Enfilade at Three — Buy a Book and Open a Door

Posted in anniversaries, books, opinion pages, site information by Editor on June 22, 2012

From the Editor

Enfilade turns three today, and to celebrate, I’m announcing a campaign to establish June 22 as Buy-an-Art-Book Day. As I’ve said repeatedly, you deserve credit for making this site so much more than I could have possibly envisioned when I stepped on-board several years ago as newsletter editor. With more than 220,000 hits on some 1300 posts, Enfilade attests to the global depth of interest in eighteenth-century art — both among scholars and a wider, engaged public. The site now receives around 10,000 hits each month with some 1500 from returning visits. In short, there are hundreds of you who read Enfilade on a regular basis, and the site’s success depends on you. Thank you!

With these numbers in mind, it seems to me that Enfilade readers could mobilize to make an impact — modest perhaps but still an impact. In transitioning from traditional print formats to the digital realm, academic publishing, particularly art historical publishing, faces tremendous challenges. With the ‘business’ of the academy more generally plagued by questions of sustainability, it’s easy to see how hard decisions about budgets have wreaked havoc on the sales of books (when major universities are cutting whole departments, declining library budgets may seem relatively benign, but in both cases, fewer books will be sold). For most of us, such gloomy observations are all too familiar, and you don’t turn to Enfilade for more bad news. Today is after all a birthday celebration!

So as a gesture of positive action, I’m asking all of you to buy a book today (and fellow bloggers to spread the word). It’s easy to think that it won’t matter, but it does. Most people are astounded to learn just how small the circulation numbers are for art history books published by university presses. However humbling it may be for those of us who spend years of our lives producing a book, it’s not uncommon for only 400 or 500 copies to be sold. Surpass 1000 and you’re a superstar. There’s a tendency to assume that university presses receive generous funding from their host universities. It’s almost never the case. If they’re not in the business to turn huge profits, they must still be economically viable. Several years ago, I heard Susan Bielstein, executive editor at the University of Chicago Press, give a talk on the nuts and bolts of publishing. How did she begin? By asking members of her audience (almost entirely composed of art historians) to go buy a book. She was entirely serious. So am I.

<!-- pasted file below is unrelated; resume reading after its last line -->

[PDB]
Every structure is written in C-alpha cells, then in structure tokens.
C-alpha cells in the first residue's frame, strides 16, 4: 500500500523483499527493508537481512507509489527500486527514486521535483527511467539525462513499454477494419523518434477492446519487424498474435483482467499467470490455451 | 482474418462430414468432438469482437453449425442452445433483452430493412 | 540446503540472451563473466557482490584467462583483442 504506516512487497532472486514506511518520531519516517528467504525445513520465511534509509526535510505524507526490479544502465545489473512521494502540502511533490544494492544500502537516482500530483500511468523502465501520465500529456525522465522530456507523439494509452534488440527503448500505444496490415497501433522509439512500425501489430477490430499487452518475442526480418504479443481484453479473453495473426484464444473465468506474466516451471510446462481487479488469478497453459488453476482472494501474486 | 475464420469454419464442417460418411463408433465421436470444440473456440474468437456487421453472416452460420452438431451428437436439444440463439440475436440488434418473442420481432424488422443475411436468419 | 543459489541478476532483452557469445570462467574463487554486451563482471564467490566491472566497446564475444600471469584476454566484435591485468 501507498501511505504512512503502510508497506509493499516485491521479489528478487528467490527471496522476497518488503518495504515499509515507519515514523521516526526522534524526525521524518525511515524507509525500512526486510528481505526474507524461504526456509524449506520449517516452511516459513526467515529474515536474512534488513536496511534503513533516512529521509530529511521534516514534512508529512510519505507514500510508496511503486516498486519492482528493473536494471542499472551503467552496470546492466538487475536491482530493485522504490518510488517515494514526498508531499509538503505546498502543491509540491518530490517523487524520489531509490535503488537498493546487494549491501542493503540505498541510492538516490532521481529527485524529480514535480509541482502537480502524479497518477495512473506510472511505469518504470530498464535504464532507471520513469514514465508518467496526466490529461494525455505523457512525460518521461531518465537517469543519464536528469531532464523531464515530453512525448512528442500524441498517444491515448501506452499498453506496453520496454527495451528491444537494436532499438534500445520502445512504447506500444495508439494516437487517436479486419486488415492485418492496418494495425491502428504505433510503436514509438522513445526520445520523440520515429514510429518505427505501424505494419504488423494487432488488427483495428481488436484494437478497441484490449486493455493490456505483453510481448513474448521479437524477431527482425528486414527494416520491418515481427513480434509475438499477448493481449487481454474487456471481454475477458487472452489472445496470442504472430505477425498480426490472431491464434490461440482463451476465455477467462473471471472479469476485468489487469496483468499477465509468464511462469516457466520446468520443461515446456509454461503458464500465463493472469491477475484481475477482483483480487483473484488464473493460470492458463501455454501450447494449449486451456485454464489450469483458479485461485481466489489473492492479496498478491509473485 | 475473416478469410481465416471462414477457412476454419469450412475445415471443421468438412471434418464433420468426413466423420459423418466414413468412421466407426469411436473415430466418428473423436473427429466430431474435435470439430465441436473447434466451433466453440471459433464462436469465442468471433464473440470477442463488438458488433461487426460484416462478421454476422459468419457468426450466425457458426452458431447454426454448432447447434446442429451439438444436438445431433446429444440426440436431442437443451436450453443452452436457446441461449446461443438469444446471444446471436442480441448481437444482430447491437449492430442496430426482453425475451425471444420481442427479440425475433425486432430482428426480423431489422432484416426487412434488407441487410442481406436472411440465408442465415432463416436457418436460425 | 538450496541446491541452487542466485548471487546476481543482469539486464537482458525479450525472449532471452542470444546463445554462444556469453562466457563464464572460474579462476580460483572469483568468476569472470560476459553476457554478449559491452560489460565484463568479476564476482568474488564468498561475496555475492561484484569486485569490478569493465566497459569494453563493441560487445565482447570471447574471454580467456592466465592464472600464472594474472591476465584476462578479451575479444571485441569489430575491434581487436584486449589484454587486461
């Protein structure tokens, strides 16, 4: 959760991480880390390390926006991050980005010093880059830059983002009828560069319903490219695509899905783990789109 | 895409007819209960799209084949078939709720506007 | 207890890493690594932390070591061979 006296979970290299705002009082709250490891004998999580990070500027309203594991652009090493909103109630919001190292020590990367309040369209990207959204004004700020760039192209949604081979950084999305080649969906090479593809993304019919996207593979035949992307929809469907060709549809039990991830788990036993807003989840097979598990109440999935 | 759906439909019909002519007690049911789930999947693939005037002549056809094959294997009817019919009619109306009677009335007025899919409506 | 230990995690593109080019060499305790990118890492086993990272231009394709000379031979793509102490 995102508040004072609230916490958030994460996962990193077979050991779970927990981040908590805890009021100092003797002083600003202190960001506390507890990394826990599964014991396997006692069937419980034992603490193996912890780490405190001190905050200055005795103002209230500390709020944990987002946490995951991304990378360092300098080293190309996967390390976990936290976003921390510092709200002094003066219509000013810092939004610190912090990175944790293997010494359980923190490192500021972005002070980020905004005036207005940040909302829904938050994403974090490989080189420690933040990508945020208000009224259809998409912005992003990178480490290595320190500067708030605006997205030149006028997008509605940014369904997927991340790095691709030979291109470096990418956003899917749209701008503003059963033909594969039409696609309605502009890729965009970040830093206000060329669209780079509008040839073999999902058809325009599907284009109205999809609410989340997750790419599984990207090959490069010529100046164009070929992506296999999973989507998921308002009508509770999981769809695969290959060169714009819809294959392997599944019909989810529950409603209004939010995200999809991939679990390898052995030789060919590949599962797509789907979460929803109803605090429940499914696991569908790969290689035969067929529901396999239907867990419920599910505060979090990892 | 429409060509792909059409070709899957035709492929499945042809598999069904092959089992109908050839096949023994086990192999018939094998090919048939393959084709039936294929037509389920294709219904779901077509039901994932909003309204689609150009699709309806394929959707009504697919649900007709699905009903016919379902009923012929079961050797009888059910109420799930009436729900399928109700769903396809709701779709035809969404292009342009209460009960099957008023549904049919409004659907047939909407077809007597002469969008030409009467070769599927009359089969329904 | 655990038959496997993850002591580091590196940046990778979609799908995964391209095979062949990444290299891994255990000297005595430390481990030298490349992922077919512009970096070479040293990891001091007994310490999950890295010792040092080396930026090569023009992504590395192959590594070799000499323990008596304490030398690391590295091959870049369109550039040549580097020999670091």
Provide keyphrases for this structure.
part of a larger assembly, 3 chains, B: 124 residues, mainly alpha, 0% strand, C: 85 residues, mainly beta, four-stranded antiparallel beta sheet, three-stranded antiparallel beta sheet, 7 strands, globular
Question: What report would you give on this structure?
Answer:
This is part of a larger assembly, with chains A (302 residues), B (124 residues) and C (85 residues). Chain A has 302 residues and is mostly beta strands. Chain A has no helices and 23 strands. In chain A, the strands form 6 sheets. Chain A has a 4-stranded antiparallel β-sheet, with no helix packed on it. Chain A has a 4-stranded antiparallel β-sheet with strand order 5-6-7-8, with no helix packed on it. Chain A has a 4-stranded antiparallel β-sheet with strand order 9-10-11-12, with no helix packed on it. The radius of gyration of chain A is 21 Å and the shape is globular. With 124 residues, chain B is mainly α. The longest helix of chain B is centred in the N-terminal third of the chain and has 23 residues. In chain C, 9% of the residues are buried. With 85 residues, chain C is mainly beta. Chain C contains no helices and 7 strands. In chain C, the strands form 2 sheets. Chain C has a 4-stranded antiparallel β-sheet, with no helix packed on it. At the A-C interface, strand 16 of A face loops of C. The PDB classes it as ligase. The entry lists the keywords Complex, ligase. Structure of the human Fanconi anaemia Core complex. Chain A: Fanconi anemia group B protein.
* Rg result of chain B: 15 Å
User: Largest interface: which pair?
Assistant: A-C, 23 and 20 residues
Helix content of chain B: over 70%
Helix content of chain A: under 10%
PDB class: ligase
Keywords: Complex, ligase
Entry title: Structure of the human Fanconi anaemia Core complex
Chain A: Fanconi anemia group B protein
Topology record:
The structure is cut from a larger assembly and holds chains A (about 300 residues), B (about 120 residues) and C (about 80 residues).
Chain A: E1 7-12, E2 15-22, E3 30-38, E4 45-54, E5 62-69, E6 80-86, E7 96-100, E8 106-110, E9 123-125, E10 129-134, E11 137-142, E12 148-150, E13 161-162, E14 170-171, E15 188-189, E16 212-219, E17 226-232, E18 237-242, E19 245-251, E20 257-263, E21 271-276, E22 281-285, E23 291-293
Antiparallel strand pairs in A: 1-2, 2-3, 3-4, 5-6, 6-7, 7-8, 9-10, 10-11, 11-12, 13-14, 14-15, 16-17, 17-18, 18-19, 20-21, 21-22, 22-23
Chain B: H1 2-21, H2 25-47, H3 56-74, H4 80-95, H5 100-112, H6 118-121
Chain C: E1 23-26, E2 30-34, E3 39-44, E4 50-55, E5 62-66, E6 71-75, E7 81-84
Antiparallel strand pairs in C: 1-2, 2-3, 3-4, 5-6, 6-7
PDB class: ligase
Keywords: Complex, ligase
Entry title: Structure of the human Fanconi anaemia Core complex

Many of you buy lots of art history books already. Bravo! Buying a book today won’t be any major change for you. As I think about my own buying habits, they tend to go something like this: I buy discounted display copies at conferences, I buy things I need for an upcoming talk, I buy remaindered copies of books I should have bought a year or two earlier, or I buy used copies I need for an article via Amazon. None of that’s what I have in mind in launching Buy-an-Art-Book Day. Those used books do nothing to help the authors or the university presses who produced them. For that matter, new purchases through Amazon often result in smaller royalties than buying from the publisher directly. Ever wonder who shoulders the expense of that reduced price? Yes, the publisher and the writer.

If 200 or 300 of you buy an art history book this week — ideally one treating the eighteenth century and, better yet, one written by a HECAA member — it would send a strong message that there is an eager audience for such books. Whether you spend $6 or $1000, buy a book.